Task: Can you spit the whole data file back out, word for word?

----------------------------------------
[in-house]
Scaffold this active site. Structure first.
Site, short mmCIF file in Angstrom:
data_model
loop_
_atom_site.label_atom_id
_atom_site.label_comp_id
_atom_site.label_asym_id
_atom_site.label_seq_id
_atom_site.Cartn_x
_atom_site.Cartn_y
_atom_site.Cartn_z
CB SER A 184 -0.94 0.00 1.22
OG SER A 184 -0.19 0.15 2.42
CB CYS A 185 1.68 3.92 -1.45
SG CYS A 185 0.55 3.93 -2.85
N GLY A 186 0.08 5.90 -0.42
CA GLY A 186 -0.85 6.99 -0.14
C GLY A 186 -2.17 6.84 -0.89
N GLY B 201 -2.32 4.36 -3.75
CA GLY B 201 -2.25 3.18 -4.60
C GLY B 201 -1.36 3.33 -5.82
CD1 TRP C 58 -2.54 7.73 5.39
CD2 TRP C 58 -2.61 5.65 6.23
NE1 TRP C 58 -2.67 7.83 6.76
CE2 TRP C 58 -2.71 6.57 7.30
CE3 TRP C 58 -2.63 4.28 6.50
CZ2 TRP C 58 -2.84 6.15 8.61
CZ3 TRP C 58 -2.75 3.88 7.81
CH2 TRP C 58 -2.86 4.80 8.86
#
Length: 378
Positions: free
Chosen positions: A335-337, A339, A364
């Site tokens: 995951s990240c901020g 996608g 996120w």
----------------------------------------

[in-house]
Scaffold this active site. Structure first.
Site, short mmCIF file in Angstrom:
data_model
loop_
_atom_site.label_atom_id
_atom_site.label_comp_id
_atom_site.label_asym_id
_atom_site.label_seq_id
_atom_site.Cartn_x
_atom_site.Cartn_y
_atom_site.Cartn_z
CB SER A 184 -0.94 0.00 1.22
OG SER A 184 -0.19 0.15 2.42
CB CYS A 185 1.68 3.92 -1.45
SG CYS A 185 0.55 3.93 -2.85
N GLY A 186 0.08 5.90 -0.42
CA GLY A 186 -0.85 6.99 -0.14
C GLY A 186 -2.17 6.84 -0.89
N GLY B 201 -2.32 4.36 -3.75
CA GLY B 201 -2.25 3.18 -4.60
C GLY B 201 -1.36 3.33 -5.82
CD1 TRP C 58 -2.54 7.73 5.39
CD2 TRP C 58 -2.61 5.65 6.23
NE1 TRP C 58 -2.67 7.83 6.76
CE2 TRP C 58 -2.71 6.57 7.30
CE3 TRP C 58 -2.63 4.28 6.50
CZ2 TRP C 58 -2.84 6.15 8.61
CZ3 TRP C 58 -2.75 3.88 7.81
CH2 TRP C 58 -2.86 4.80 8.86
#
Length: 378
Positions: free
Chosen positions: A335-337, A339, A364
């Site tokens: 995951s990240c901020g 996608g 996120w």